George Lansbury and the Poplar Rates Revolt left us some surprising legacies. The death of Minnie Lansbury led her husband Edgar to remarry; his second wife Moyna Macgill was a noted actress, and her daughter with Edgar is an even more noted actress. Dame Angela Lansbury, George Lansbury’s granddaughter, is still with us and still working at the age of 93 (her latest film, Mary Poppins Returns, came out last December). Moyna Macgill’s other children were also involved in showbusiness: her sons Edgar Lansbury junior and Bruce Lansbury became Broadway producers, while her daughter from a previous marriage Isolde Denham was married to Peter Ustinov for a time. Another of George Lansbury’s grandchildren made a huge impact on a generation of British children; George’s daughter and secretary Daisy married a left-wing historian called Raymond Postgate, and their son Oliver Postgate gave us such classics of children’s television as Ivor the Engine and, of course, Bagpuss.

But one of the major modern legacies of George Lansbury didn’t directly have anything to do with him but was simply named in his honour. The Lansbury Estate was built in 1951 as part of the Festival of Britain, on a heavily-bombed triangular site between the Limehouse Cut canal, the East India Dock Road and a railway line. It was part of the Festival’s architecture exhibits, and some of its buildings are now listed. The design was intended to be a self-contained community with its own pubs, churches and market – Chrisp Street Market, which is claimed to be the UK’s first purpose-built pedestrian shopping area. The railway line closed some years ago but reopened in 1987 as part of the Docklands Light Railway; a station to serve the Lansbury estate, Langdon Park, was opened in 2007 and now serves nearly four million passengers each year. Since 2014 the Lansbury estate has anchored the Lansbury ward of Tower Hamlets.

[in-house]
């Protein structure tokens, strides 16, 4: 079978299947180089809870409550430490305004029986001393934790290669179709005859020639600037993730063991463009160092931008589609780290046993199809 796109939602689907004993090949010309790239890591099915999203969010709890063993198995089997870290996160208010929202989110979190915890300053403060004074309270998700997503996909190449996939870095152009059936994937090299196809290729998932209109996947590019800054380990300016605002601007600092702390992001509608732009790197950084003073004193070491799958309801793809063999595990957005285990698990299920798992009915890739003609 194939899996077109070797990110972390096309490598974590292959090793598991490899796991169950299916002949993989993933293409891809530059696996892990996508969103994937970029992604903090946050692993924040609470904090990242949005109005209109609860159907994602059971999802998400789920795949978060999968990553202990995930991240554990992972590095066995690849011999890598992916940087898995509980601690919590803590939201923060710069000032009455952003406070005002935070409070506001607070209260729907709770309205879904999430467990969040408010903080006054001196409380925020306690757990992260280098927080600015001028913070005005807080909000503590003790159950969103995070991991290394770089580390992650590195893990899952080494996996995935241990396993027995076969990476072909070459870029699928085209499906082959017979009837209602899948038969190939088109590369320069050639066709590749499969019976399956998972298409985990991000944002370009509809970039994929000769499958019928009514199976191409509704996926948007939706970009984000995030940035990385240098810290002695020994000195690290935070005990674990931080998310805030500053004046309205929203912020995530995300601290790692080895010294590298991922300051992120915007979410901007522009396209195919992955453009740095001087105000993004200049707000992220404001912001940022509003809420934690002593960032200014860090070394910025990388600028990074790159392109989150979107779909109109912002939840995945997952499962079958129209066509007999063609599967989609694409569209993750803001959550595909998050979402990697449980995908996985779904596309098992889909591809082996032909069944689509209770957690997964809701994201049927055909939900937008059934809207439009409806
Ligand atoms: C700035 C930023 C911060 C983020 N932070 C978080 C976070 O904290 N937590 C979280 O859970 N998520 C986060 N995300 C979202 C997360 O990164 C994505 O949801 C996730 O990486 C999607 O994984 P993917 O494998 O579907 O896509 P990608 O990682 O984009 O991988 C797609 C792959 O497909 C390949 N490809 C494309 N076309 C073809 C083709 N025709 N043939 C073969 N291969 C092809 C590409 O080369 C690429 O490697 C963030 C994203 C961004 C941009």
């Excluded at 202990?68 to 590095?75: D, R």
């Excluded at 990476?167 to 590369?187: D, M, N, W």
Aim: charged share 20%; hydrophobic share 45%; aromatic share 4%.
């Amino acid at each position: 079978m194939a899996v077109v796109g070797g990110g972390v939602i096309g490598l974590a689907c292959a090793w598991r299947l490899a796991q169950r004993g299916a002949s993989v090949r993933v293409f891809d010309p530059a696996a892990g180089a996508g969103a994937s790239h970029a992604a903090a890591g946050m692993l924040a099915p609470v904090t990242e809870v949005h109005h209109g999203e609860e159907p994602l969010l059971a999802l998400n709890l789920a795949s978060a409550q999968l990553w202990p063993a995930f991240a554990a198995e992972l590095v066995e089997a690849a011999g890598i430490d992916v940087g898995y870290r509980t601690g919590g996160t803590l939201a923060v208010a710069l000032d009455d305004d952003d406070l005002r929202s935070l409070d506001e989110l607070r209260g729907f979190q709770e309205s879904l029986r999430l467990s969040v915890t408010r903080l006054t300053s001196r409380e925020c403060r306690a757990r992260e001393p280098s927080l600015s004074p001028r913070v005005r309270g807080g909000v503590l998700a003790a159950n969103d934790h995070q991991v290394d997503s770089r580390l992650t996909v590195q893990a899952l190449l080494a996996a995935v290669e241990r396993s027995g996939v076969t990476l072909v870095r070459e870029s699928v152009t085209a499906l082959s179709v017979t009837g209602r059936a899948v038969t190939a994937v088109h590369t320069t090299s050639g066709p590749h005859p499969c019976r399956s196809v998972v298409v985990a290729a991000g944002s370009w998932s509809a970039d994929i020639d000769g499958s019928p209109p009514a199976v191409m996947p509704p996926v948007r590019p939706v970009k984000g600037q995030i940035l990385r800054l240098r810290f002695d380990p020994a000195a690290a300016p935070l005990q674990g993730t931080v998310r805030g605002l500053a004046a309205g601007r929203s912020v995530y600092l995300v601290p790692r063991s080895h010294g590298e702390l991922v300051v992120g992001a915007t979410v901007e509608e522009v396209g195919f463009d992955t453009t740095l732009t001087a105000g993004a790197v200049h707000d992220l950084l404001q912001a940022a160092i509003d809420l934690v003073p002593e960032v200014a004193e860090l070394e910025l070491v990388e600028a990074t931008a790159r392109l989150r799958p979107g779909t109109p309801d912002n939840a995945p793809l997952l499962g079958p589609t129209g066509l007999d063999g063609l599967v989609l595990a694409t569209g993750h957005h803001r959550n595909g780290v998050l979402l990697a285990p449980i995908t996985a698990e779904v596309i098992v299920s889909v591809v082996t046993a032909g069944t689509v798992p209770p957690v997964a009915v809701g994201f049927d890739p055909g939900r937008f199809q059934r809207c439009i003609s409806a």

The DLR links Lansbury ward (with a change at Poplar) to central London with stations at Bank and Tower Gateway, and the last stop before those termini is Shadwell. This area was first seriously developed in the seventeenth century through the auspices of Thomas Neale. One of the major figures of England in the late Stuart era, Neale was a long-serving Member of Parliament, effective postmaster-general in the North American colonies, Master of the Royal Mint until his death in 1699 (after which Isaac Newton got the job) and inveterate property developer and entrepreneur. Shadwell’s proximity to the City of London made it an attractive maritime centre: the local St Paul’s church has seventy-five ship’s captains buried in its churchyard, and Captain James Cook’s son was baptised there.

However, the modern Shadwell ward contains little of the historical Shadwell area, which ended at The Highway; instead Shadwell ward runs between The Highway and Commercial Road. The main original landmark here was the eighteenth-century church of St George-in-the-East, which gave its name to a parliamentary constituency from 1885 to 1918; the main modern thoroughfare is Cable Street, which took its name from the maritime industries (it was a ropemaking centre). In October 1936 Oswald Mosley had intended to lead a fascist march towards Stepney down that road; this was blocked by protesters and eventually abandoned in what became known as the Battle of Cable Street. The ward extends to the east through the Ratcliffe area as far as the railway and DLR stations at Limehouse.